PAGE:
April 20, 2015
Recently, the U.S. Supreme Court heard a consolidated lawsuit that involved whether a secondary lien placed on the asset of a debtor can be reduced to the value of the collateral securing the obligation obligation and reduced to zero if there is no asset coverage.. The decision could have broad implications, potentially impacting many bankruptcy proceedings that followed the nationwide housing crisis, according to Inman Magazine.
The consolidated lawsuit involves two Florida homeowners who had underwater homes and then filed for Chapter 7 bankruptcy, the media outlet reported. When these individuals filed for protection from creditors, their second mortgages were voided, according to American Banker. Bank of America, which owns the second mortgages in each case, has taken legal action because it wants to reverse the ruling.
The first case, titled Bank of America, N.A., v. Davie B Caulkett, involves a $199,600 first mortgage and a $49,000 second mortgage the defendant bought for his $249,500 home (100% purchase money
financing), American Banker reported. By the time Caulkett filed for Chapter 7 bankruptcy protection, the value of his home had fallen to $98,000. However, he was $183,000 in debt for his first mortgage and $47,000 for his second mortgage.
Edelmiro Toledo-Cardona, the second defendant, found himself in a similar situation, owing $135,000 and $32,000 for his first and second mortgages when he filed for Chapter 7 bankruptcy, but having a home with a value of $77,700, according to American Banker.
During this legal challenge, the various parties involved have repeatedly brought up a 1992 Supreme Court case, Dewsnup v. Timm, Inman Magazine reported. The High Court ruled debtors in Chapter 7 bankruptcy cannot reduce a second mortgage on an underwater property to its current market value, which could then void the claim of the second mortgage holder.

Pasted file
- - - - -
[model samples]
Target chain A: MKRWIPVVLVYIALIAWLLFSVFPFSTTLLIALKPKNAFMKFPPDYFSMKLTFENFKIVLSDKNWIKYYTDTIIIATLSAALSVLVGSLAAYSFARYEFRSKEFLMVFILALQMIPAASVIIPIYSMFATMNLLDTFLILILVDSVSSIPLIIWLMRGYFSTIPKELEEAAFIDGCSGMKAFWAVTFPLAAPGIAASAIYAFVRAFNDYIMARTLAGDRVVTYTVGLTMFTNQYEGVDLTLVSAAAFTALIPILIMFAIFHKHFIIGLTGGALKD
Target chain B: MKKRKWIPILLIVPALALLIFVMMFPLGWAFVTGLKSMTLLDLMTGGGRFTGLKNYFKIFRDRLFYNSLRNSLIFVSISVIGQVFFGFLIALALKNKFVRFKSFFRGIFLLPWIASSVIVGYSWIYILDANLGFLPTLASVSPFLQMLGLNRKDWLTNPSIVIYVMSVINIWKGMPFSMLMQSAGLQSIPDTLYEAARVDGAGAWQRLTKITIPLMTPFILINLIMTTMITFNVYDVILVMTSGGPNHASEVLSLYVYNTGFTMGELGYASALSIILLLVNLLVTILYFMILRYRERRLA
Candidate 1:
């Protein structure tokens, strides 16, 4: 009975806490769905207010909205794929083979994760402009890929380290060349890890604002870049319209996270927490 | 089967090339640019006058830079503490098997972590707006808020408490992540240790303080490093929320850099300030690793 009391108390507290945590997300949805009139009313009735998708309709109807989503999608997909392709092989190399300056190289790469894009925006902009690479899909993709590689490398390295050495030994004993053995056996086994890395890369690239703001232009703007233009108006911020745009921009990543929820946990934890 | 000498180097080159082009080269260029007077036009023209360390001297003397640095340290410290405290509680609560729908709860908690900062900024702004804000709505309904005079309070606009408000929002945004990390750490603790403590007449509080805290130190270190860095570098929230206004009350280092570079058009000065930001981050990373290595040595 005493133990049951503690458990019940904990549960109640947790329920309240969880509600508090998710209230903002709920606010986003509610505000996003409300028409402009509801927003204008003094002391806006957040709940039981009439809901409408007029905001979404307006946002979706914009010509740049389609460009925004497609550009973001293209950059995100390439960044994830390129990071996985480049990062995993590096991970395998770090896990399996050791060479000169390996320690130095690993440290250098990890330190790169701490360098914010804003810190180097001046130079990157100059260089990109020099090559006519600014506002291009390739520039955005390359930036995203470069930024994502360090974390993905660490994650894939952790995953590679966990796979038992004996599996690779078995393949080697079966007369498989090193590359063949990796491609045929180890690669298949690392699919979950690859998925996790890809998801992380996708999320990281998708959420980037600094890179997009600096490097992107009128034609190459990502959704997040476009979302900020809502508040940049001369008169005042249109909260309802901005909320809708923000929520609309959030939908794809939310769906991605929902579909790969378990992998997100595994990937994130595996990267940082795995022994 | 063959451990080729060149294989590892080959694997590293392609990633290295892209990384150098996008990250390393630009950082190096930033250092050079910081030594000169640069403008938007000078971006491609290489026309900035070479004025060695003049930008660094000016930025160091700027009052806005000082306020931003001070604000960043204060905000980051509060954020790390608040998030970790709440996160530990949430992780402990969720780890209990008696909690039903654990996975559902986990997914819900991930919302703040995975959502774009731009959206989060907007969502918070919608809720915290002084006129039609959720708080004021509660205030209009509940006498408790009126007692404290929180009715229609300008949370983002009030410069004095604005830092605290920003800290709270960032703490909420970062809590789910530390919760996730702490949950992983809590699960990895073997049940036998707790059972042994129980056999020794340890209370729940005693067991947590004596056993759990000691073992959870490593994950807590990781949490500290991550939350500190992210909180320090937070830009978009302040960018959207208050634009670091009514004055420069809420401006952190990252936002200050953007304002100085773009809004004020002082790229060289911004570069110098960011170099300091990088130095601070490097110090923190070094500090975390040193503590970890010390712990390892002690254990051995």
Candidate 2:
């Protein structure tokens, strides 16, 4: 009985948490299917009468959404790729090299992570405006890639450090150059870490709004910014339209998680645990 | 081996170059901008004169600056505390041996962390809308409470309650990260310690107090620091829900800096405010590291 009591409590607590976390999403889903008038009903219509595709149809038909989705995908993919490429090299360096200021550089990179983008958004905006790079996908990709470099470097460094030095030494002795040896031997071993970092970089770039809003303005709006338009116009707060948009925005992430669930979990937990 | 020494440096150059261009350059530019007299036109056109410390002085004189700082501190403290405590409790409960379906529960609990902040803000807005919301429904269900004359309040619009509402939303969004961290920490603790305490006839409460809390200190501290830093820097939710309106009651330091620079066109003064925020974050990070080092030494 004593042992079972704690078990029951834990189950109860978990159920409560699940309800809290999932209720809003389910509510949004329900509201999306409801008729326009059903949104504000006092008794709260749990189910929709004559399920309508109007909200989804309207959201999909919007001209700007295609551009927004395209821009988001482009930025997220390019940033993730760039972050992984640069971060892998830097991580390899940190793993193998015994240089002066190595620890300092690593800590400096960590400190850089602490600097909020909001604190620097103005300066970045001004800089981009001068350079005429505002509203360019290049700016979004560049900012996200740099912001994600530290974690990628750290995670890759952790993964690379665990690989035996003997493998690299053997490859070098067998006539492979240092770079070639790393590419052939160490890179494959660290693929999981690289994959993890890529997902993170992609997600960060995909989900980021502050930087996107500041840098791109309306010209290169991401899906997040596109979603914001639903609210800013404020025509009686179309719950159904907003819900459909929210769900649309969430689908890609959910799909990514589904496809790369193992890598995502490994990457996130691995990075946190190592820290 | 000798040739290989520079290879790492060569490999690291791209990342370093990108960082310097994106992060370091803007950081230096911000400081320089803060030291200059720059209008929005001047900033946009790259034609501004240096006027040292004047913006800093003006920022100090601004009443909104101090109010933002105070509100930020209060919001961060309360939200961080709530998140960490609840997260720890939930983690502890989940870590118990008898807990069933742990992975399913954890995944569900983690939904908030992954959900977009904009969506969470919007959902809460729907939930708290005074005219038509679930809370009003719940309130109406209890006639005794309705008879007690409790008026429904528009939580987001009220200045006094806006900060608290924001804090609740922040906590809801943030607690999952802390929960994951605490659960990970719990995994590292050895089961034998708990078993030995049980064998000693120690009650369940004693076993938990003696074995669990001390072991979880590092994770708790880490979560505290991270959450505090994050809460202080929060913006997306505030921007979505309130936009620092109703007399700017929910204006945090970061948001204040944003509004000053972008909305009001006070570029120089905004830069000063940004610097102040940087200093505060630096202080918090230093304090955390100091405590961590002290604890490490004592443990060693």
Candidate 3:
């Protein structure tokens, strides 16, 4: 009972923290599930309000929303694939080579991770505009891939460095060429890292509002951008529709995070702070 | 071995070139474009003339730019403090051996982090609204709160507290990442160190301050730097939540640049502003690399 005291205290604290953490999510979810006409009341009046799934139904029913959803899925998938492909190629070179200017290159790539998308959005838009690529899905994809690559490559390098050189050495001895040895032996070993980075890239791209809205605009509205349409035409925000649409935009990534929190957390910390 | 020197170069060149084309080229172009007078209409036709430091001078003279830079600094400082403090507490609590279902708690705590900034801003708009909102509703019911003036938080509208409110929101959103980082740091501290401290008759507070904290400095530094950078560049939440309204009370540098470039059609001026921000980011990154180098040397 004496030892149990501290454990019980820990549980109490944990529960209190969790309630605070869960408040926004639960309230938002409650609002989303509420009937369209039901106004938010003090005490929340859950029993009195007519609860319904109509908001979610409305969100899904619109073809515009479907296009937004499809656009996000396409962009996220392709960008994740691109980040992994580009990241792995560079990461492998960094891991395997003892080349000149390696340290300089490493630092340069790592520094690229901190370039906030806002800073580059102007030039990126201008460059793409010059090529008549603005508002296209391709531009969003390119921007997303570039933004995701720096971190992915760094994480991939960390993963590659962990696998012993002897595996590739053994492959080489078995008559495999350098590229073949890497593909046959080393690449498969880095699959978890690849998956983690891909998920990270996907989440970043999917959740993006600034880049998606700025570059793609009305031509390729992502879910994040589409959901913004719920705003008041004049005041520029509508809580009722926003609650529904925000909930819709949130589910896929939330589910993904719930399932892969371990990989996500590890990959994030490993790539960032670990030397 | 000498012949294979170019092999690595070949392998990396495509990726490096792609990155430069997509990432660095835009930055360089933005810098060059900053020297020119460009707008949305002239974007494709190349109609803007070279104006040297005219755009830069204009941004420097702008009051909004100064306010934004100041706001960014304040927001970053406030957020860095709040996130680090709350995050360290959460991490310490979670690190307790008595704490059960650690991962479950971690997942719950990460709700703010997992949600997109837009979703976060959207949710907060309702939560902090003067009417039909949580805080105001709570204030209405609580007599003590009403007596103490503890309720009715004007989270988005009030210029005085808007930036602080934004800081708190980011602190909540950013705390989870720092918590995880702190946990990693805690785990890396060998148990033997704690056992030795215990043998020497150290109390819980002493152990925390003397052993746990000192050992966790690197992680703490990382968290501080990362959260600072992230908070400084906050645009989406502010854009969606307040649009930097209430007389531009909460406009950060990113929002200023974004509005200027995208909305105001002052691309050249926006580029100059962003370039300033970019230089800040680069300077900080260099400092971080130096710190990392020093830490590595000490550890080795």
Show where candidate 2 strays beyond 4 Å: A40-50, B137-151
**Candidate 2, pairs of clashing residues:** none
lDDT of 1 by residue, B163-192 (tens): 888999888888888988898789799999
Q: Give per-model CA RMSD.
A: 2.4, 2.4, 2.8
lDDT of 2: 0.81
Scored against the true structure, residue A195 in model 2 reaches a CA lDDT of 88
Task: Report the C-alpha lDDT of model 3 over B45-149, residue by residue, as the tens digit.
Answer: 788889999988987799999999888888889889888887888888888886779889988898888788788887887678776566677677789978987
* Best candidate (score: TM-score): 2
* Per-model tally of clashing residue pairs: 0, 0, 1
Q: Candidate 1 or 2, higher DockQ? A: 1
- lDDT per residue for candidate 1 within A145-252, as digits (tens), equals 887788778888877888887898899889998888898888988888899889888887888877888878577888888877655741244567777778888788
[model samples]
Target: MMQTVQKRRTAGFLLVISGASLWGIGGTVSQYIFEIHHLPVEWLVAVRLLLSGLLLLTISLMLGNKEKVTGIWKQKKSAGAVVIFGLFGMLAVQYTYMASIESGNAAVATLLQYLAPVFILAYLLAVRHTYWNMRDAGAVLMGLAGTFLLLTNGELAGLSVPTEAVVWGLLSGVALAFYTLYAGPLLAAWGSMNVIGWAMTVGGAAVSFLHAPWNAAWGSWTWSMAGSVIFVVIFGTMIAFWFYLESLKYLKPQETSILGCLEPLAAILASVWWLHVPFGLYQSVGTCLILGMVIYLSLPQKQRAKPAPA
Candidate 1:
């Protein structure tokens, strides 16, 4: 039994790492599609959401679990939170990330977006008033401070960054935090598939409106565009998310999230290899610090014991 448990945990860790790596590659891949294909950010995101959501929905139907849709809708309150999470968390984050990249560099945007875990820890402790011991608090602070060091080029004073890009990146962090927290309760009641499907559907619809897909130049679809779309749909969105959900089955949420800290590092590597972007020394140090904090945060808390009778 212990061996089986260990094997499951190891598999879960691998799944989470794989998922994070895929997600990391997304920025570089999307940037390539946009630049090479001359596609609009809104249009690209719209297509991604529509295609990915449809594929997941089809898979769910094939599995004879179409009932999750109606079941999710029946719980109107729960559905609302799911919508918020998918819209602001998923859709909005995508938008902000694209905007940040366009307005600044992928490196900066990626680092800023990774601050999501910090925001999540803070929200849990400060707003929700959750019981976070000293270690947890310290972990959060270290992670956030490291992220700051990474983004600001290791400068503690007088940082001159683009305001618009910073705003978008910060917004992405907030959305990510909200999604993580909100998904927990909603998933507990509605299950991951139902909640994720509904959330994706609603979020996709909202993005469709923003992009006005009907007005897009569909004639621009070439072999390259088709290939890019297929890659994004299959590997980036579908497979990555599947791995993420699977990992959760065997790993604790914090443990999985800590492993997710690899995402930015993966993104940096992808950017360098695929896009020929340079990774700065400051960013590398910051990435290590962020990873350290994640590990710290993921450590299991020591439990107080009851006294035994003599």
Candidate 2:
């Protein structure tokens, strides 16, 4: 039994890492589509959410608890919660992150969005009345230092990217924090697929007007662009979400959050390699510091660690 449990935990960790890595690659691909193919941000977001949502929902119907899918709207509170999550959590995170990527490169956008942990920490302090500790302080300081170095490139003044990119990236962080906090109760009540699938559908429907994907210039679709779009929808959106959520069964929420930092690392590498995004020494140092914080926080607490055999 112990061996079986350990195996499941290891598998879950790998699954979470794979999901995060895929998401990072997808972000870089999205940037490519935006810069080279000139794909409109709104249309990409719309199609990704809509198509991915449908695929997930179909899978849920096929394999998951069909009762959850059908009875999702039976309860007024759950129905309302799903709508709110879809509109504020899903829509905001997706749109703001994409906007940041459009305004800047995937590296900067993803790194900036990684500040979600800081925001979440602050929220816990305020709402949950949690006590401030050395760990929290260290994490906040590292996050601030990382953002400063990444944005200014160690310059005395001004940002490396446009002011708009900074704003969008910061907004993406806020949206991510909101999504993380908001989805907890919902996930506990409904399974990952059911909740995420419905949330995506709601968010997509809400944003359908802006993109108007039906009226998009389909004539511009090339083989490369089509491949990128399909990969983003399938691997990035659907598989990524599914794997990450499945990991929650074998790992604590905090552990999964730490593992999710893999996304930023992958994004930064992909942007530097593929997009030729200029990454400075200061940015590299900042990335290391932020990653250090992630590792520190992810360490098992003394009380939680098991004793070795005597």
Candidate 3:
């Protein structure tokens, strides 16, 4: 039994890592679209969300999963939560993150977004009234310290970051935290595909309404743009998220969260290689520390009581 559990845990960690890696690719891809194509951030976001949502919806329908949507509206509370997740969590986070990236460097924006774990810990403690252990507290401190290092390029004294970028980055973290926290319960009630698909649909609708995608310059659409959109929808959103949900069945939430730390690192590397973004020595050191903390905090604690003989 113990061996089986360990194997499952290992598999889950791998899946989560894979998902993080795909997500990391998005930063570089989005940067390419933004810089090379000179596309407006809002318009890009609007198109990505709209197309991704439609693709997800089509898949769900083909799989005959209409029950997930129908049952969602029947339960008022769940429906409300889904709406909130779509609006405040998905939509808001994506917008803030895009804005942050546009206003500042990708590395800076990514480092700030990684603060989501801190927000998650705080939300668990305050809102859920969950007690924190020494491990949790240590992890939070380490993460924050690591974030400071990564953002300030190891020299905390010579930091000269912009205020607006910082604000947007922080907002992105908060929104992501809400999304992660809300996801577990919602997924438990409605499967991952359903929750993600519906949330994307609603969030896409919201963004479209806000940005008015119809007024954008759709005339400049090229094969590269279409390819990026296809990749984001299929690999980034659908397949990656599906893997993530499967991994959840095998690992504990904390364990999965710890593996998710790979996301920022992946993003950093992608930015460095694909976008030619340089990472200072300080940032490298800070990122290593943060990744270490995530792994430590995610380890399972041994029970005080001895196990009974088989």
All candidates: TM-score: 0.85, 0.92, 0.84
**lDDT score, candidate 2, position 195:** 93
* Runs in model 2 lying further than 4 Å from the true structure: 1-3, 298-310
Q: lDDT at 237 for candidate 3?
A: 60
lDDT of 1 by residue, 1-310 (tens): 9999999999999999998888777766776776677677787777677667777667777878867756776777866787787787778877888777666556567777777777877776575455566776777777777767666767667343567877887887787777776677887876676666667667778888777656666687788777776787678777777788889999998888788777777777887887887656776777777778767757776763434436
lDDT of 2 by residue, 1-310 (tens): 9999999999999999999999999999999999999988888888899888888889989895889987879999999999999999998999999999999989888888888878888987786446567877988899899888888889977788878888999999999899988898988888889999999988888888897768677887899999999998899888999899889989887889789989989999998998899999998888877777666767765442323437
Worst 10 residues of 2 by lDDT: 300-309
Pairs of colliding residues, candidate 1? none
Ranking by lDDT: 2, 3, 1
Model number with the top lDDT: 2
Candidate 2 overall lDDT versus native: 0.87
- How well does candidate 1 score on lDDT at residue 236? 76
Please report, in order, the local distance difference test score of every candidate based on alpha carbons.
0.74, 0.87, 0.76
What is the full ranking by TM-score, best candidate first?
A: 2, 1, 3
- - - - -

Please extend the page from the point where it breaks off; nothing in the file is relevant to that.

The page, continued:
Since that aforementioned case was resolved, courts have not applied the Dewsnup ruling to completely underwater second liens in a consistent manner, according to American Banker.
Danielle Spinelli of Wilmer Cutler Pickering Hale and Dorr, who is representing Bank of America in the case, said during her opening statement that the ruling the Supreme Court provided in Dewsnup v. Timm "applies with equal force to completely underwater mortgages."
While it remains to be seen what the Supreme Court will decide, its ruling could have a major impact on second mortgage loan originations and pricing. If the high court rules that second liens can be stripped to their market value, and potentially to zero, in instances where the borrower files for Chapter 7 bankruptcy, this development will increase the cost of credit for such liens.